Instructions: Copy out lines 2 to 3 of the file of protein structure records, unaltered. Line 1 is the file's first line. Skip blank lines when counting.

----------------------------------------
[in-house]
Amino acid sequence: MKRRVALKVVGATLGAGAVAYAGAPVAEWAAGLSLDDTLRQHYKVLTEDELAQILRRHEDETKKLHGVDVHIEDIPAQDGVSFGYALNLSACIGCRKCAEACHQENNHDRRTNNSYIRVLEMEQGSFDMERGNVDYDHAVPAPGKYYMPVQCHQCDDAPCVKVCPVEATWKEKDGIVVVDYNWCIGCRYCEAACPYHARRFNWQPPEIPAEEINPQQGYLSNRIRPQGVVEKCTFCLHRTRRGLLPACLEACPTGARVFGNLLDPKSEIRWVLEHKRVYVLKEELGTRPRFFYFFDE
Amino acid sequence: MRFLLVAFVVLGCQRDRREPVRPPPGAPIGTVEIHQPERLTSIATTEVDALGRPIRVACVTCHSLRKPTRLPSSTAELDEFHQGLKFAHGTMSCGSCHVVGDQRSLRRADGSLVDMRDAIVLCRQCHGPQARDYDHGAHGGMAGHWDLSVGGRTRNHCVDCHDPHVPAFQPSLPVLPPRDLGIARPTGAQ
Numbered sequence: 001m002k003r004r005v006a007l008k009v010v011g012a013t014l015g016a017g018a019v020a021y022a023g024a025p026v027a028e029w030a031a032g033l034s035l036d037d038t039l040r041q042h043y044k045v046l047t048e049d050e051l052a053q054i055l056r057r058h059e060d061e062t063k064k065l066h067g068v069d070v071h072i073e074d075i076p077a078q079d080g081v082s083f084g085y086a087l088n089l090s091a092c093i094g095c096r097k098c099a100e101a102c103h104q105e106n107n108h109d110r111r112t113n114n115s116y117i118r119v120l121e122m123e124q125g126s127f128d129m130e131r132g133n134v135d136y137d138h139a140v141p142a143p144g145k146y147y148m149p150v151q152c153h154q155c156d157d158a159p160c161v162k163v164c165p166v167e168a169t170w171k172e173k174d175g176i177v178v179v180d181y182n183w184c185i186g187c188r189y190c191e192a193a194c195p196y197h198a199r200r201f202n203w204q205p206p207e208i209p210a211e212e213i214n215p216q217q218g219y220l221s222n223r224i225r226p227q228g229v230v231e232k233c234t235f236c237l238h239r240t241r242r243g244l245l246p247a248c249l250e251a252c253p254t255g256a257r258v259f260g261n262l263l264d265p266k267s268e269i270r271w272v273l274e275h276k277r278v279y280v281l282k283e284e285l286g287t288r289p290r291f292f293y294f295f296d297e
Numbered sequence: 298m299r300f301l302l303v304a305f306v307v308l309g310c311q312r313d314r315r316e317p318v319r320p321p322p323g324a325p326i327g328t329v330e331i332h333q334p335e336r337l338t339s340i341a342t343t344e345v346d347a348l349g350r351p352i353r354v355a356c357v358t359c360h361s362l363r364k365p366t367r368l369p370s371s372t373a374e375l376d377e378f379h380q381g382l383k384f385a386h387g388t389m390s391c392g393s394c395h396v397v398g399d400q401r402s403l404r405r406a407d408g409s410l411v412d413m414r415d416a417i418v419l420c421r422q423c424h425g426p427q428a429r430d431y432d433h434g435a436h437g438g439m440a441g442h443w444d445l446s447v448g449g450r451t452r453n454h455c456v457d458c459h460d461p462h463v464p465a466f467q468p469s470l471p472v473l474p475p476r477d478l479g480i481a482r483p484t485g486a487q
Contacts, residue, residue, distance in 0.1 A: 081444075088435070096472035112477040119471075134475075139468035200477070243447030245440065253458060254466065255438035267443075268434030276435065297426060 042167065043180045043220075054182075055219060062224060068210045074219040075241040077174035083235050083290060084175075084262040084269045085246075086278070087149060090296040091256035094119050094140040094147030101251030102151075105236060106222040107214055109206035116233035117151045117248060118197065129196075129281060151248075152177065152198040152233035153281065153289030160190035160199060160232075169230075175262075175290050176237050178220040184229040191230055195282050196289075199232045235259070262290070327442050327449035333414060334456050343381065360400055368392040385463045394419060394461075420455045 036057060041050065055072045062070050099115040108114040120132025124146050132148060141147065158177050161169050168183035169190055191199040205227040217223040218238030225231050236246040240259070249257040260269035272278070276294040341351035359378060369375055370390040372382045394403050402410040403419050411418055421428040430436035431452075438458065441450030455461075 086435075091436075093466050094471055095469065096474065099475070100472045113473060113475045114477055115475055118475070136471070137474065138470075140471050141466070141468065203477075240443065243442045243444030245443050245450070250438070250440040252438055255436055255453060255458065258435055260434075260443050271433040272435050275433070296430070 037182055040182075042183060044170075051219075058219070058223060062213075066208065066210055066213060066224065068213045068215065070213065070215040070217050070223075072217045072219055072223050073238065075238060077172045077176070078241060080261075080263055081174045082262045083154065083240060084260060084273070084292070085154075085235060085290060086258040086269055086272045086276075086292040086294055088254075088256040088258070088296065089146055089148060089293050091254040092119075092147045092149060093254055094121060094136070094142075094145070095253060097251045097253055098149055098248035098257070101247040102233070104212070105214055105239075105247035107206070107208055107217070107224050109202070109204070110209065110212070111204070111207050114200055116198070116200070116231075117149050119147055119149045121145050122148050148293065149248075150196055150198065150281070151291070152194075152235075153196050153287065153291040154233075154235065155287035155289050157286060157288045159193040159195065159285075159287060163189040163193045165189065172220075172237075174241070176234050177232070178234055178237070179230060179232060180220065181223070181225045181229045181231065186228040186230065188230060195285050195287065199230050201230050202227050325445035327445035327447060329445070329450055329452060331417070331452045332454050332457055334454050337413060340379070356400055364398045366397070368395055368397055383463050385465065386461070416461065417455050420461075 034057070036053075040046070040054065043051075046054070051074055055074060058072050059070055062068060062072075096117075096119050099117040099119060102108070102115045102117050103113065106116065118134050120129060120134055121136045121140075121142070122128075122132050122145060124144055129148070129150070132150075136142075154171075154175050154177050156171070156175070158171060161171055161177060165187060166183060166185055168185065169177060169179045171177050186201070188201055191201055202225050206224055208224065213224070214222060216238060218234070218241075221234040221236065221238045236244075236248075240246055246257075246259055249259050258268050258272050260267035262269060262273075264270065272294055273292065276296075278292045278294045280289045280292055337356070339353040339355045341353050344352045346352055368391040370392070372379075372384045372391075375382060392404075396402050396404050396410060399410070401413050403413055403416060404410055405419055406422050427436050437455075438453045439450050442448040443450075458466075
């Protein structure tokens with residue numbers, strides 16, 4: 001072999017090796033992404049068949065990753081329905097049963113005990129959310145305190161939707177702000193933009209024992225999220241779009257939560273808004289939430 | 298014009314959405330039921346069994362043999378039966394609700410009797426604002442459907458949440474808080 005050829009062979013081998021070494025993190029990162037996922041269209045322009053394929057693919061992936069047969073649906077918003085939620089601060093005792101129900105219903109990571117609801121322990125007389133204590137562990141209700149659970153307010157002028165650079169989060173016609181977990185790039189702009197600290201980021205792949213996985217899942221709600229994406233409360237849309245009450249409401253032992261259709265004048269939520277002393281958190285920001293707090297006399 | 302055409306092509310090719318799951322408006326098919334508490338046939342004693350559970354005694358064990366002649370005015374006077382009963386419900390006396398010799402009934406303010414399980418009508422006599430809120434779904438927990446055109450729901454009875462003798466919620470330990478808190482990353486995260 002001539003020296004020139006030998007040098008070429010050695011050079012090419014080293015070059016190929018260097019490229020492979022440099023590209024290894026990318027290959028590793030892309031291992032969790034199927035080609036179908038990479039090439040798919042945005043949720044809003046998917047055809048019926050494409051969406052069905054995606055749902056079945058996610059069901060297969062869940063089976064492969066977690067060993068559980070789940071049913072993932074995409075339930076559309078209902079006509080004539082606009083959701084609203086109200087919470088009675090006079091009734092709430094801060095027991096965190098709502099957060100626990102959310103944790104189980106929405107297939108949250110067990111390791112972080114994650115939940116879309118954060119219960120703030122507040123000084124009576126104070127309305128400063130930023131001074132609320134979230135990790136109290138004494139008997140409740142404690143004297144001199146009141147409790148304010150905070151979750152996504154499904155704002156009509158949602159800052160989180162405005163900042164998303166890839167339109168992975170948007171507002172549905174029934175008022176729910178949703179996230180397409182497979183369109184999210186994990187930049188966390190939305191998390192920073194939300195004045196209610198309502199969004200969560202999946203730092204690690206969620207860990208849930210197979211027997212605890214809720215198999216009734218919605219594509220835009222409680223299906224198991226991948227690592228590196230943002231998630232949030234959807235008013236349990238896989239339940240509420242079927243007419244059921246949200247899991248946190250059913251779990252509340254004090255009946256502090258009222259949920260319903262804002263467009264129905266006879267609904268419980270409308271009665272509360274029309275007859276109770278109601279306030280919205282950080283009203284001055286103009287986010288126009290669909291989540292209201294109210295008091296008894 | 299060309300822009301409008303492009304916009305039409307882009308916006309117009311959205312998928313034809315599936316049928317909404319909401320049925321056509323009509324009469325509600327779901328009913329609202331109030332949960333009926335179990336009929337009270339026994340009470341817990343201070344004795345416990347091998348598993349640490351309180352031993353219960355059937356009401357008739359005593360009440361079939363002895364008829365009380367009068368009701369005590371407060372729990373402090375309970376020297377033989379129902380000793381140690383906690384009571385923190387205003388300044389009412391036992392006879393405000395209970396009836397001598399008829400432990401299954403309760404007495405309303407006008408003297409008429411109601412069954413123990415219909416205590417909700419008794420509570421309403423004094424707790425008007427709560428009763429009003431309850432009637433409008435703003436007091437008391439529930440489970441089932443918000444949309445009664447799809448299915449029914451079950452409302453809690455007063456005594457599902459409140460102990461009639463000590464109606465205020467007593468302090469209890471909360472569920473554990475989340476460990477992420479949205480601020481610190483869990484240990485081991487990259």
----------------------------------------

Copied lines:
Amino acid sequence: MKRRVALKVVGATLGAGAVAYAGAPVAEWAAGLSLDDTLRQHYKVLTEDELAQILRRHEDETKKLHGVDVHIEDIPAQDGVSFGYALNLSACIGCRKCAEACHQENNHDRRTNNSYIRVLEMEQGSFDMERGNVDYDHAVPAPGKYYMPVQCHQCDDAPCVKVCPVEATWKEKDGIVVVDYNWCIGCRYCEAACPYHARRFNWQPPEIPAEEINPQQGYLSNRIRPQGVVEKCTFCLHRTRRGLLPACLEACPTGARVFGNLLDPKSEIRWVLEHKRVYVLKEELGTRPRFFYFFDE
Amino acid sequence: MRFLLVAFVVLGCQRDRREPVRPPPGAPIGTVEIHQPERLTSIATTEVDALGRPIRVACVTCHSLRKPTRLPSSTAELDEFHQGLKFAHGTMSCGSCHVVGDQRSLRRADGSLVDMRDAIVLCRQCHGPQARDYDHGAHGGMAGHWDLSVGGRTRNHCVDCHDPHVPAFQPSLPVLPPRDLGIARPTGAQ